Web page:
Original article appeared in Reuters
"The judges of the court have reached the conclusion that the appeal cannot be satisfied," said the judge after delivering an unexpectedly speedy ruling.
Western leaders condemned the seven-year prison term handed to the 51-year-old opposition leader in October as political persecution, and blocked strategic agreements with the European Union on political association and a free-trade zone.
But despite months of chiding by the European Union and the United States, which see Tymoshenko as a victim of selective justice, President Viktor Yanukovich has refused to act to secure her release. No-one had expected her to be released on Wednesday.
Tymoshenko, known in her heyday for a peasant-style hair braid and fiery rhetoric, was not present in court because of persistent back trouble which has kept her confined to a state-run hospital in eastern Ukraine.
About 300 of her supporters gathered outside the courtroom, chanting slogans such as "Yulia - Freedom!" and "Keep convicts inside and get Yulia out!"
In tough remarks last Friday, Yanukovich said he would not negotiate integration with the EU at the price of allowing it to interfere in her case.
The release of Tymoshenko - by far the most vibrant opposition figure on Ukraine's political landscape - had seemed even more unlikely given the approach of an Oct. 28 legislative election.
Yanukovich's Party of the Regions goes into that election with the government highly unpopular over reforms that have increased taxes on small businesses and raised retirement ages, and it will have to work hard to retain its majority.
Ukrainian state prosecutors had urged the court to uphold her conviction, saying Tymoshenko's guilt was clearly established at her Kiev trial last year.
She has denied betraying the national interest. Her defence lawyers had argued that negotiating the gas agreement with Russia was a political act which did not amount to criminal action.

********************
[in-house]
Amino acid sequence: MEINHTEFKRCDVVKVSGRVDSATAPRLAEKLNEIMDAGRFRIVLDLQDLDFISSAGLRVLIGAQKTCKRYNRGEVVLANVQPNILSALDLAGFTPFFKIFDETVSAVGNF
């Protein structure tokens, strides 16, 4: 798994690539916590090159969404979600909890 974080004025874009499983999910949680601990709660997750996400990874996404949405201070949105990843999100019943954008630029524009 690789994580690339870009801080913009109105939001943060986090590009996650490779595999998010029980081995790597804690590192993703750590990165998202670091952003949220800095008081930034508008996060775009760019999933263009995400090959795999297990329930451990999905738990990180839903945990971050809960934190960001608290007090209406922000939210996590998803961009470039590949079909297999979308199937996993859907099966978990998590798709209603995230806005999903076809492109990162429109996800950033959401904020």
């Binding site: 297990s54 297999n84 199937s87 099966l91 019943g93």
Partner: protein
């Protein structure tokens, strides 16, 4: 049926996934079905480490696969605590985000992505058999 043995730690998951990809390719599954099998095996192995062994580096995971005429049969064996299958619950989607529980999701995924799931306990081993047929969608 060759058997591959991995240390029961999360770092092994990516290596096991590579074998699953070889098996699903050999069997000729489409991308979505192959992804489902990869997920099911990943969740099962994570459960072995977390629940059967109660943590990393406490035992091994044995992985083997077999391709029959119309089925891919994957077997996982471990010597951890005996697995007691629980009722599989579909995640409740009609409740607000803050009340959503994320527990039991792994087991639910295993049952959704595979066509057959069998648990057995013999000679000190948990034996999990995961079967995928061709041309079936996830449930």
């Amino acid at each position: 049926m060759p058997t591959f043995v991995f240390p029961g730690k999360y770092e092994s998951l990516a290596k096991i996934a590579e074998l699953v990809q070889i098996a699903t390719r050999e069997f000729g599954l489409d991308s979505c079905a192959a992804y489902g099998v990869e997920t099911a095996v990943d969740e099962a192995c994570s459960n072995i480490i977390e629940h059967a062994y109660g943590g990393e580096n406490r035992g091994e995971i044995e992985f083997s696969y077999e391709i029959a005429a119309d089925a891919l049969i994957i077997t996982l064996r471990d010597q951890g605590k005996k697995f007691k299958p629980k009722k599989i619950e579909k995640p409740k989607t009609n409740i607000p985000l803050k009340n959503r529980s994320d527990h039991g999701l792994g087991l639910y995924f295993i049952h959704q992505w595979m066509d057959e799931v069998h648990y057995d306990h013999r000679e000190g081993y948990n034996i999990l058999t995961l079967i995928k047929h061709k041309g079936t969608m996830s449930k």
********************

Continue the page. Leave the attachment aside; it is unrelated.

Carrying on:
In Wednesday's judgment, the three-member panel said: "The judges believe that the previous courts reached correct decisions on the crimes of Tymoshenko."
Her daughter Yevgenia, who has been active in seeking international support for her mother's cause, and Arseniy Yatseniuk, a former foreign minister who has joined opposition forces with Tymoshenko, both attended the hearing.
The authorities have ignored Western criticism and piled up fresh charges against Tymoshenko for alleged past misdeeds.
In a separate trial, which has been adjourned several times because of Tymoshenko's health, she is accused of embezzlement and tax evasion going back to alleged offences when she was in business in the 1990s.
Lawyers for Tymoshenko pressed her case at the European Court of Human Rights in Strasbourg on Tuesday, arguing that her pre-trial detention had been unlawful and that she had been subjected to degrading treatment in prison.
"The only reason for her detention was to exclude her from Ukrainian political life and to prevent her running in the parliamentary elections," her defence counsel, Serhiy Vlasenko, told judges.
Tymoshenko's lawyers said she had been held in inhumane conditions - in permanently lit, unheated cells and tracked by surveillance cameras.
The former prime minister was a leader of the 2004 Orange Revolution protests against sleaze and cronyism in Ukraine that derailed Yanukovich's first bid for the presidency.
She served two terms as prime minister under President Viktor Yushchenko, but the two fell out and their partnership dissolved into bickering and infighting.
Tymoshenko narrowly lost to Yanukovich in a run-off for the presidency in 2010 after a bitter political campaign.